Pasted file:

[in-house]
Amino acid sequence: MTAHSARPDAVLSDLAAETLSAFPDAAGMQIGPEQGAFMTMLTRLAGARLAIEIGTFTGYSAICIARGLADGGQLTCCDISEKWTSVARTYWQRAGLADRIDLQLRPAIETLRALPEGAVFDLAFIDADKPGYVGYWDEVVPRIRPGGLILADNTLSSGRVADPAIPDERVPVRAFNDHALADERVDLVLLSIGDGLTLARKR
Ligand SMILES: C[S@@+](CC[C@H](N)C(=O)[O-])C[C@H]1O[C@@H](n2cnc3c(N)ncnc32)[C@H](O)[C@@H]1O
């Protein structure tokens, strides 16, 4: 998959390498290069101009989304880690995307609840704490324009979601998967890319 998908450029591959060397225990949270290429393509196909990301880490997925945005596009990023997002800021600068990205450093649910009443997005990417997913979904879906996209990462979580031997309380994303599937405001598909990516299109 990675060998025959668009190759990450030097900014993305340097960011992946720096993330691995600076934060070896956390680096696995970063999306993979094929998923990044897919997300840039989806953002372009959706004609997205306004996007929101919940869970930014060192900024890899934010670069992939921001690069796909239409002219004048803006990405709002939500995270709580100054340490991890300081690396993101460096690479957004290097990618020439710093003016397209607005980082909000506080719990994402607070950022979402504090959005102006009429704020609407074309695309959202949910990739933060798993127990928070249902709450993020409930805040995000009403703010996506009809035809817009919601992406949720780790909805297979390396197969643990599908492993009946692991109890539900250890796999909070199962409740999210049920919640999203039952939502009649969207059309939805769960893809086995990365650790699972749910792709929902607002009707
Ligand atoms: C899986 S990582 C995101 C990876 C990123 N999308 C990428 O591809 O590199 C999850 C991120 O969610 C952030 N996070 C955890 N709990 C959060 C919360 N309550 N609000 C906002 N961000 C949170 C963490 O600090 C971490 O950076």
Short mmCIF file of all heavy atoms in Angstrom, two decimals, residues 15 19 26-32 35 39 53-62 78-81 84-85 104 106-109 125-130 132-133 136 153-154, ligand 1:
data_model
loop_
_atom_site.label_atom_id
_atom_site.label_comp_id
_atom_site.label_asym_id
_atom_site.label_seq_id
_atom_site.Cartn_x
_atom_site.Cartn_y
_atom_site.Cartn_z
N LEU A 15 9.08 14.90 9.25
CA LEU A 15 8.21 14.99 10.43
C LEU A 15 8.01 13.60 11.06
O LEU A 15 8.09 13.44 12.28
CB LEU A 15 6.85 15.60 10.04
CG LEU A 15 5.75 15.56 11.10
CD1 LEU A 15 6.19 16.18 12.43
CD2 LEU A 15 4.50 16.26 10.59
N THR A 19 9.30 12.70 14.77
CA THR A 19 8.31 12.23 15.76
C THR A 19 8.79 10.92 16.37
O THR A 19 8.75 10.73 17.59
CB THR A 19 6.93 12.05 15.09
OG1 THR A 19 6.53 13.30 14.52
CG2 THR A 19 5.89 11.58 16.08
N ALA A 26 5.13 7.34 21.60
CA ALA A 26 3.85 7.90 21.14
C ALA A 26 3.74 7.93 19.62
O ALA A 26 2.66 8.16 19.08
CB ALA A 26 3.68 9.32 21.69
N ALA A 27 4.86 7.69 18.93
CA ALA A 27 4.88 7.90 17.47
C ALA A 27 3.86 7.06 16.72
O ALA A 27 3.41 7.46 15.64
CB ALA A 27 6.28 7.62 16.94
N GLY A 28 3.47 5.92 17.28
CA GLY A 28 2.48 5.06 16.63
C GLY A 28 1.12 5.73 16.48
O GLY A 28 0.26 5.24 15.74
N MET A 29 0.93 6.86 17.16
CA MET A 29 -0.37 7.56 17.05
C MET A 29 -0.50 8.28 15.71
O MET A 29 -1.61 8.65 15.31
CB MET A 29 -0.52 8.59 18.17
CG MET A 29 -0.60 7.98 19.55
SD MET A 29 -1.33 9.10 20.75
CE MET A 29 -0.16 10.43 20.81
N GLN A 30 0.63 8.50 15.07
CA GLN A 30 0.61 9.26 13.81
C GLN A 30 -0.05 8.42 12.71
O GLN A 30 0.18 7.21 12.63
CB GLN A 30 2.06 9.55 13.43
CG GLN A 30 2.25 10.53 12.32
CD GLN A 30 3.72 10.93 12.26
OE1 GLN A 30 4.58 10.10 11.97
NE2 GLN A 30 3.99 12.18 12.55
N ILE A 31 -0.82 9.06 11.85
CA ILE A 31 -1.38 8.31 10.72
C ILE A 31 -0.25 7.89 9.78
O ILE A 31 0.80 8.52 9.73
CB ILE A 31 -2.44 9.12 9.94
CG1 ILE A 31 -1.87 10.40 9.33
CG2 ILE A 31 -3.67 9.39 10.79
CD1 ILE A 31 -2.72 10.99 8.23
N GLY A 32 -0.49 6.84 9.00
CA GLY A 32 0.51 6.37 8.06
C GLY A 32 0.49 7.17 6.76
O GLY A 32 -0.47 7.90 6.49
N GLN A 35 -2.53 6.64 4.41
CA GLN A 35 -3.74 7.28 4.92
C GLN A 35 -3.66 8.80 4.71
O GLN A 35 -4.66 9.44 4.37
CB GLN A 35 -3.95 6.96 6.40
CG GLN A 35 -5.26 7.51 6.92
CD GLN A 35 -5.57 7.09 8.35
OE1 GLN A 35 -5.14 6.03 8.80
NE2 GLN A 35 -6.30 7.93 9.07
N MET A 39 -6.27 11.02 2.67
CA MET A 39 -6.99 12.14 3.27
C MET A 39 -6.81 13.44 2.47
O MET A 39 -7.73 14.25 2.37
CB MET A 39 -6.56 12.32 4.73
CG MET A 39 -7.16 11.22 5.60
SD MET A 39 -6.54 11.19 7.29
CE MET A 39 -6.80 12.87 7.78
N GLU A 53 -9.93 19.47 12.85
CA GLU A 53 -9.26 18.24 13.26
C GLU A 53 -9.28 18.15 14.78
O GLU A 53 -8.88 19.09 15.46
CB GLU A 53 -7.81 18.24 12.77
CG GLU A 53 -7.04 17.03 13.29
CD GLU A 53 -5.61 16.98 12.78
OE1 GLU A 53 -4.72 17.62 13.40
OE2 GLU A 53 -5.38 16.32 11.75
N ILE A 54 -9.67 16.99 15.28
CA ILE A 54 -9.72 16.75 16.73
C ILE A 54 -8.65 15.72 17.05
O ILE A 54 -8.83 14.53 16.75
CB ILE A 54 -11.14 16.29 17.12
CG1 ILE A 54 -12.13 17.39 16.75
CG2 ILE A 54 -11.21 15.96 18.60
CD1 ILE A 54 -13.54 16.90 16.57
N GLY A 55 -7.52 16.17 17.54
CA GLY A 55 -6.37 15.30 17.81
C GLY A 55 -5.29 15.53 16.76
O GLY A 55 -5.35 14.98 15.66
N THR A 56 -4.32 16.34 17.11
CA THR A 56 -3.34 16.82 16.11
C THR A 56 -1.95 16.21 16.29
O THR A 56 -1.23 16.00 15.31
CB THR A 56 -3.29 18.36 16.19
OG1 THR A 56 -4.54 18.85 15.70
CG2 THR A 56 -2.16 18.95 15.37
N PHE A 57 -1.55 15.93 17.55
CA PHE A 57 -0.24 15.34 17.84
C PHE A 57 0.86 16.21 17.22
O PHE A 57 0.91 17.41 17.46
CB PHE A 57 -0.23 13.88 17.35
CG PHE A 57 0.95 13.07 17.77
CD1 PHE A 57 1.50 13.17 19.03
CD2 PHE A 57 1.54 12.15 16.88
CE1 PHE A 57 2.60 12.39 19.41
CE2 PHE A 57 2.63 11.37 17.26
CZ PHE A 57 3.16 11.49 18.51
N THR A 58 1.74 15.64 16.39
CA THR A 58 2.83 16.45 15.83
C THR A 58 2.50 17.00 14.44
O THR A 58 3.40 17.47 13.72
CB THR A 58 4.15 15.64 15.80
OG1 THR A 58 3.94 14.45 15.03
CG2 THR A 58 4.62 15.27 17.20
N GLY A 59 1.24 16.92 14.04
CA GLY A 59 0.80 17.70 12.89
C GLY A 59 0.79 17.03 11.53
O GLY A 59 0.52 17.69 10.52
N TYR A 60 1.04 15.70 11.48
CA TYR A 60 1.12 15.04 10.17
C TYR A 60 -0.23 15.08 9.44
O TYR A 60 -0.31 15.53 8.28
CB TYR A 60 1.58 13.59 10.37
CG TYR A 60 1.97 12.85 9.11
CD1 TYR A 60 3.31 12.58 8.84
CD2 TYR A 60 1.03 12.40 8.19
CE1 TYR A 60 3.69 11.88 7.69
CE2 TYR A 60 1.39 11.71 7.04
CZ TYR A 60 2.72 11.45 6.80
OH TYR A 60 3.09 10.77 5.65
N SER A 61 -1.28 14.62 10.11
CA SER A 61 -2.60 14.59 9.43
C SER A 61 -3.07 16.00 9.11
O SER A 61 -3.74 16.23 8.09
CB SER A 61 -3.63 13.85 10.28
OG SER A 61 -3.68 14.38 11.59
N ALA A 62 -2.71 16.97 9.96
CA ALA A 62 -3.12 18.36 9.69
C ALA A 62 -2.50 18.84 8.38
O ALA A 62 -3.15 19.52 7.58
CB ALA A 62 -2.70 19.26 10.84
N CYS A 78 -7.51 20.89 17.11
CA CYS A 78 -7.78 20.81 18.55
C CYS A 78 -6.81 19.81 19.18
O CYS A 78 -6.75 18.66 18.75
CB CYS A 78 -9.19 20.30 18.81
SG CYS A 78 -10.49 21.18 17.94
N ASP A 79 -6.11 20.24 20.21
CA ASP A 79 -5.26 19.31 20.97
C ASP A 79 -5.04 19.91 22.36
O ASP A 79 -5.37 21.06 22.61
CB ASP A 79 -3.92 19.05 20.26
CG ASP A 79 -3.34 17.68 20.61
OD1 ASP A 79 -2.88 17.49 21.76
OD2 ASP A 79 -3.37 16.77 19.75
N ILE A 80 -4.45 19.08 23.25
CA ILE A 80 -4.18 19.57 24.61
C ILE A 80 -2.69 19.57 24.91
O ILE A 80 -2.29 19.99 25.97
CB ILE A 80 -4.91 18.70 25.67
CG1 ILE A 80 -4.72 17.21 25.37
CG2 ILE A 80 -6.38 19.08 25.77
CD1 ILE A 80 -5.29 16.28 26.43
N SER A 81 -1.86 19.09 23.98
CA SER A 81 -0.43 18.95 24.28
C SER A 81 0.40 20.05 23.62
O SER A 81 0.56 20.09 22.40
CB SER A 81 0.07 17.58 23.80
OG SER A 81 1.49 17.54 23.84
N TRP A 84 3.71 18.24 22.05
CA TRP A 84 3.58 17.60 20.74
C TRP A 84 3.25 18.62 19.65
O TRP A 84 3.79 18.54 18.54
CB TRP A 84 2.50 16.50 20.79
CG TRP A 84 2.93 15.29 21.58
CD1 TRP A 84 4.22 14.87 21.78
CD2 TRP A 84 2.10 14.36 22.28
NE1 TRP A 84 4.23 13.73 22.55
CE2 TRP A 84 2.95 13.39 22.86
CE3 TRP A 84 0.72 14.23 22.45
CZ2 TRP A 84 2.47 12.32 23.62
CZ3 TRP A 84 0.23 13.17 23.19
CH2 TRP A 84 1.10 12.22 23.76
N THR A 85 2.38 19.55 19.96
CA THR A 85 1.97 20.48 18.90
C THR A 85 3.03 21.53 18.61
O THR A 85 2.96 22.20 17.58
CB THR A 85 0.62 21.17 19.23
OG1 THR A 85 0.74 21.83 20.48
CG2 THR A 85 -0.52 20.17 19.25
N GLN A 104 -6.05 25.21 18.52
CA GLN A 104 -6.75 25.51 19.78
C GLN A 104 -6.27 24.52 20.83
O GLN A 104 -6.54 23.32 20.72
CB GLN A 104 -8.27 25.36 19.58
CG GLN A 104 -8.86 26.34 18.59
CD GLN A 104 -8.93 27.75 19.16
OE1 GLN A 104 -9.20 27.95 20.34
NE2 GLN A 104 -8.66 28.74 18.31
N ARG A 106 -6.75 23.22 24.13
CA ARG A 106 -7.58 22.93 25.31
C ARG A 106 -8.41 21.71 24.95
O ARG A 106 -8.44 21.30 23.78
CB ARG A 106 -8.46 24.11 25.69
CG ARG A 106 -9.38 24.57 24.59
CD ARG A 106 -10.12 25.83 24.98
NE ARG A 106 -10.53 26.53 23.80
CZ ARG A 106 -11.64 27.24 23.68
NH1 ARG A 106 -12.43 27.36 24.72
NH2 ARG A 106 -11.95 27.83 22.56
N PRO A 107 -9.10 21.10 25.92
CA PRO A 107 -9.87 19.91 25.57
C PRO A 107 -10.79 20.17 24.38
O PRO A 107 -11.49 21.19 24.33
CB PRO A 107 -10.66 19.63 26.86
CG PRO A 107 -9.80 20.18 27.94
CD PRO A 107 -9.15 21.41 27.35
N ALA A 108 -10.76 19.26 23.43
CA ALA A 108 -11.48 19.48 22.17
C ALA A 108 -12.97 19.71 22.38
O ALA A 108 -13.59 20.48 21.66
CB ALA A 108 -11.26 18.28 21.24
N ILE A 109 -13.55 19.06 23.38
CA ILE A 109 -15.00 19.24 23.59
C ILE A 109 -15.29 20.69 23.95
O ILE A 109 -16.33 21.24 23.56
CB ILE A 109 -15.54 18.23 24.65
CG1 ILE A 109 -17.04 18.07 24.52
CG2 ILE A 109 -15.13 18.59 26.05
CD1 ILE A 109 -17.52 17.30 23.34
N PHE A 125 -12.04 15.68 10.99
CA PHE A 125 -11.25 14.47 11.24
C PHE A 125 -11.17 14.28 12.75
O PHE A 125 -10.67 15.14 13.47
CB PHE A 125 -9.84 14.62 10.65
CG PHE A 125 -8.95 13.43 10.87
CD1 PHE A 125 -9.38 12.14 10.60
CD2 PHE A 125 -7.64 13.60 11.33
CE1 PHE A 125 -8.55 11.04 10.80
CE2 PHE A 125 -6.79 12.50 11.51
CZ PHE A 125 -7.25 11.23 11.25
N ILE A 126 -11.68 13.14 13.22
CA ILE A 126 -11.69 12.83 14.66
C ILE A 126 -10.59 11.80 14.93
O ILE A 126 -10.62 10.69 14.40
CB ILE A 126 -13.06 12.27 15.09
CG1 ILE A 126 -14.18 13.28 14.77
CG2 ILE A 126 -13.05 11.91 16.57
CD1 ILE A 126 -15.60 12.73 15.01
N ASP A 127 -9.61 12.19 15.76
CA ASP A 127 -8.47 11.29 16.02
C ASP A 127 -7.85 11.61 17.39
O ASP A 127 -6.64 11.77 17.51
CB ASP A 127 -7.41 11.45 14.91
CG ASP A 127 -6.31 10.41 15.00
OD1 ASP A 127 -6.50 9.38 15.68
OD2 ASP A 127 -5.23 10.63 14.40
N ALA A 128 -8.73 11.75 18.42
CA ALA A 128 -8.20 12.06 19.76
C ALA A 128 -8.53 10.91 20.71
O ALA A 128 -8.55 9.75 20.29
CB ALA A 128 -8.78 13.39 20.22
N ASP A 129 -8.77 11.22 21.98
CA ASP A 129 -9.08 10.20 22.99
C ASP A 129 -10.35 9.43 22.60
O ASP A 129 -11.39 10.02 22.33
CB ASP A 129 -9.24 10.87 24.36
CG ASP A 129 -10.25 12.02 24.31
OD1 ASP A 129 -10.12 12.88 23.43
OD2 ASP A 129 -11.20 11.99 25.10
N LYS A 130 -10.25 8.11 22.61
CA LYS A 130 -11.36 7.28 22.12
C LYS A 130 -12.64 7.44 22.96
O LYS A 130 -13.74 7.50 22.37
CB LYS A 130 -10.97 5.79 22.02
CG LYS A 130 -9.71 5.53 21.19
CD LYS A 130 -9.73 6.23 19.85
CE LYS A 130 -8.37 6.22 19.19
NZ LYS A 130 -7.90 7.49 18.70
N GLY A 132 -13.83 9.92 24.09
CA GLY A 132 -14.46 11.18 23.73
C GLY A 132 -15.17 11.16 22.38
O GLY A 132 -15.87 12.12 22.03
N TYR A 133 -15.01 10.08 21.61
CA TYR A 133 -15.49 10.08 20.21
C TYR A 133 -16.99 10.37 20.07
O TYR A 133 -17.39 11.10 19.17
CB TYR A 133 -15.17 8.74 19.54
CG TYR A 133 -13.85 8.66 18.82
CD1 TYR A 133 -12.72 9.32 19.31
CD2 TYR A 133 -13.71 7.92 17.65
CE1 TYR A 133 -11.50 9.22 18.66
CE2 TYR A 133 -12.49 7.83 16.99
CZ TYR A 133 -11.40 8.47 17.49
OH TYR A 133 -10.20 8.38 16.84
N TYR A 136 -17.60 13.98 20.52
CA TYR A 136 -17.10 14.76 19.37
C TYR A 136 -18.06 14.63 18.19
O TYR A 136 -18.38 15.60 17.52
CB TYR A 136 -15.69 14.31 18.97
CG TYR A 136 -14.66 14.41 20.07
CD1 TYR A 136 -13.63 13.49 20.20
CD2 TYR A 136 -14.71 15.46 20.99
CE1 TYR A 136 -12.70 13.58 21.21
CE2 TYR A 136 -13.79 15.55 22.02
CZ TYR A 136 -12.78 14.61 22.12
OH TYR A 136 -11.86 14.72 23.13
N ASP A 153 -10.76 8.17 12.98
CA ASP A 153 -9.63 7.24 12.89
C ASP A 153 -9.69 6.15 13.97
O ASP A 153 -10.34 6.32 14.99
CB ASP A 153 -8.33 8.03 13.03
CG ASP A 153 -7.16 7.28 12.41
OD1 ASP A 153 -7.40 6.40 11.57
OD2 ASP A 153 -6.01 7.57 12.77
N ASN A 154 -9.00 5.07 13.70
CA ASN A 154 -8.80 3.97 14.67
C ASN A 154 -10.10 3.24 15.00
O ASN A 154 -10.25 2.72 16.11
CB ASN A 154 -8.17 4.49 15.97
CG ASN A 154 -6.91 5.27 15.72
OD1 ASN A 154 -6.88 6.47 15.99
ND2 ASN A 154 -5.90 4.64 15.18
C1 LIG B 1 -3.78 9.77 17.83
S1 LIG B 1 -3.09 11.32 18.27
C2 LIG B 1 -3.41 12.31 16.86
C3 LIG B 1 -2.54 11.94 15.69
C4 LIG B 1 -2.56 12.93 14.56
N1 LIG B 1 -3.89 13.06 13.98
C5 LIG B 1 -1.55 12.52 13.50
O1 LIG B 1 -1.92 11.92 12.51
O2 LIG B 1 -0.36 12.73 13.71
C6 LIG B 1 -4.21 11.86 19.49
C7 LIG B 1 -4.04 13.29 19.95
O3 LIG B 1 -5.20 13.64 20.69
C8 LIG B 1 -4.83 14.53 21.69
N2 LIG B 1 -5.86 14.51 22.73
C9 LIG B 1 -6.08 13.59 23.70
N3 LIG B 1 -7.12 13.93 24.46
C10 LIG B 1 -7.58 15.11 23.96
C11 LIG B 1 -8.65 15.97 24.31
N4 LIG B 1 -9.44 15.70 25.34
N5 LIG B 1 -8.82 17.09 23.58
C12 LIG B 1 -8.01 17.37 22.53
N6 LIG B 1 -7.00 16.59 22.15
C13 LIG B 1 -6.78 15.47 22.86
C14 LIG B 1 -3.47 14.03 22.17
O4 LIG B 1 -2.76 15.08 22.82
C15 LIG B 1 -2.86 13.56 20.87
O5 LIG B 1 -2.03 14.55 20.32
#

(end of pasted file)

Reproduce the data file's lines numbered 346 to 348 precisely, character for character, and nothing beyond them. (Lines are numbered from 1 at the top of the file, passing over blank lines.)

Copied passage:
C1 LIG B 1 -3.78 9.77 17.83
S1 LIG B 1 -3.09 11.32 18.27
C2 LIG B 1 -3.41 12.31 16.86